These are all books I have read, and they are among my favorite reads. In these short books reviews I try to give you a sense of why they are worth reading.
Homage to Catalonia by George Orwell
A gripping first-person account of the Spanish Civil War. Orwell at his best. One of the best books about war ever.
The Life of Galileo by Bertolt Brecht
The Life of Galileo by Bertolt Brecht is entertaining, educational, and intelligent. One of the best books ever about Galileo. It’s a fascinating read; I learned a great deal about Galileo and the Catholic Church’s reacting to him. Brecht offers a nuanced view of Galileo’s life.
The Castle by Franz Kafka
One of Haruki Murakami’s, José Saramago’s, Roberto Bolaño’s, and Samuel Beckett’s favorite books. I love Kafka, who I share a birthday with. Kafka is one of most creative writer’s ever.
The Berlin Stories by Christopher Isherwood
Isherwood’s insightful and poignant stories give us a peak into German attitudes as Hitler and the Nazi party come to power. One of the best books about the run up to World War II.
Henry and June by Henry Miller
Anais Nin’s erotic memoir captures her year of sexual exploits and relationships, particularly the passion she shared with Henry Miller.
Chinatown & The Last Detail by Robert Towne
Chinatown is the greatest film script I’ve ever read. It’s so beautifully structured.
The Man Who Fell to Earth by Walter Tevis
The Man Who Fell to Earth is original, creative, and moving. It’s one of my favorite sci-fi books I’ve ever read. Walter Tevis is one of the most creative and diverse writers ever.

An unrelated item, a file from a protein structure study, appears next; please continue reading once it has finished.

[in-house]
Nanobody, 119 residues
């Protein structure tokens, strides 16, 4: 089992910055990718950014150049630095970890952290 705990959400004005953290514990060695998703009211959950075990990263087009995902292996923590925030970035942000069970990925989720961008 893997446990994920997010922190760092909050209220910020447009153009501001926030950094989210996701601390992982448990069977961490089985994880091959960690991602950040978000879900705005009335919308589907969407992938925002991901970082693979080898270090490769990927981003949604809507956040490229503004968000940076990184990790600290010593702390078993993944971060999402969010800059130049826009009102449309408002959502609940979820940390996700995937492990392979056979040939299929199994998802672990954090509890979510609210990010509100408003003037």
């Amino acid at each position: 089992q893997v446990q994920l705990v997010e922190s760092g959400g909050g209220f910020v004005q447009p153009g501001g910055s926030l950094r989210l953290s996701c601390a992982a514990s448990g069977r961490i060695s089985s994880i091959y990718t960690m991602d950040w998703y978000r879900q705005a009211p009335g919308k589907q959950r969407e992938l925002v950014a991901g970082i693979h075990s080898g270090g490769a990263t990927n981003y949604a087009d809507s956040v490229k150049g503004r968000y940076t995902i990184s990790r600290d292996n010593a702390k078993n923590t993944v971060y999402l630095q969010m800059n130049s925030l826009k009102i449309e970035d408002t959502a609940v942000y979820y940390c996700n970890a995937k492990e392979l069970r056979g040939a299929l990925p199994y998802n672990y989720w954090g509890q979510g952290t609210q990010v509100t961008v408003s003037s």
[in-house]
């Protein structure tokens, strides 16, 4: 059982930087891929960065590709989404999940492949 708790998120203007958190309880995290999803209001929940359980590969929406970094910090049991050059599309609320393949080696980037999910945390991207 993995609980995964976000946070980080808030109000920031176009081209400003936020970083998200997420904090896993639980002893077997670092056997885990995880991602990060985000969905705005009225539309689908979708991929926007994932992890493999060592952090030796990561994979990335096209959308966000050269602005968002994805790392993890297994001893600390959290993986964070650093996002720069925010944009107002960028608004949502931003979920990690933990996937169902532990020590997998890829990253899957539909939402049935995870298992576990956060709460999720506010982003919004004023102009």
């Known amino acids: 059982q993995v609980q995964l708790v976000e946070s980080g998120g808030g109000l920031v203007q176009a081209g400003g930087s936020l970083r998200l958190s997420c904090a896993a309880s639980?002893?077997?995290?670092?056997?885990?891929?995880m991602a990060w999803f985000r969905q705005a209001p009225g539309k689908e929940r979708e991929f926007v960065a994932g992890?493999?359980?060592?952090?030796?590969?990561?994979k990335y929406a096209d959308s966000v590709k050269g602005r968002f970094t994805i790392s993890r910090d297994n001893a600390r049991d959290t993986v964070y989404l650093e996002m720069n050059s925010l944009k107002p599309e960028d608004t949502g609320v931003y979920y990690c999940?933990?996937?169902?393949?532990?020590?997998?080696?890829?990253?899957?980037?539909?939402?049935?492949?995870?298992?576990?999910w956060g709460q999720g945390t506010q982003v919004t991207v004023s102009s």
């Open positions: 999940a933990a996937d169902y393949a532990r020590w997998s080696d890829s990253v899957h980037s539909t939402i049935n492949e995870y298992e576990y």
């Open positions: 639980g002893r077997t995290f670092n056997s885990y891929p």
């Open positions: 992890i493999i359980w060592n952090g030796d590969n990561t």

Do Android Dream of Electric Sheep by Philip K. Dick
Weird, confusing, brilliant, absorbing, creative = Philip K. Dick. Dick, of course, is one of the best sci-fi writers ever. Do Androids Sleep of Electric Sheep is one of the most creative books of all time, and so is the film, Bladerunner, inspired by it.
Blood Meridian by Cormac McCarthy
Great, but very dark. It’s also male oriented.
The Prime of Miss Jean Brodie by Muriel Spark
Miss Jean Brodie is in her prime for most of the book. This book is must read.
The French Lieutenant’s Woman by John Fowles
Read the book then watch the movie. You’ll see why Meryl Streep won an Academy Award for her performance. The French Lieutenant’s Woman is one of the most creative books and films of all time.
Oscar Wilde: Reminiscences by Andre Gide
I loved this short memoir. Andre Gide captured his experiences with Oscar Wilde and gave us a portrait of Wilde that is fascinating and intimate.
Dictionary of Subjects and Symbols in Art by James Hall
A wonderful reference to discover and learn. It is one of David Bowie’s favorite books.
Infinite City: A San Francisco Atlas by Rebecca Solnit
Like the city of San Francisco this atlas is unique, stunningly-creative, and a beautiful world all its own. If you love San Francisco this book is a must read. It’s one of the best books about San Francisco ever.
Fascinating overview of the deceptions, mistakes, and miscalculations by four administrations that gave us the Vietnam War disaster.
The Imitation of Christ by Thomas à Kempis
The Imitation of Christ is depressing and inspiring at the same time. Spirituality cuts deep in this classic.
The Most Dangerous Book: The Battle for James Joyce’s Ulysses by Kevin Birmingham
A fascinating and well-researched nugget about Jame’s Joyce’s creative and experimental book Ulysses and literary history.
The Trial of Henry Kissinger by Christopher Hitchens
Well researched and damning. Let’s say Christopher Hitchens was not a fan of Henry Kissinger.
NonZero: The Logic of Human Destiny by Robert Wright
Nonzero and zero game theories are two crucial concepts that everyone, particularly those in government, should understand. I loved this book for making those two concepts clear in my mind. One of the best and most creative books on the concept of Game Theory.
Short book reviews are a bit like speed dating, but sometimes it’s love at first sight.
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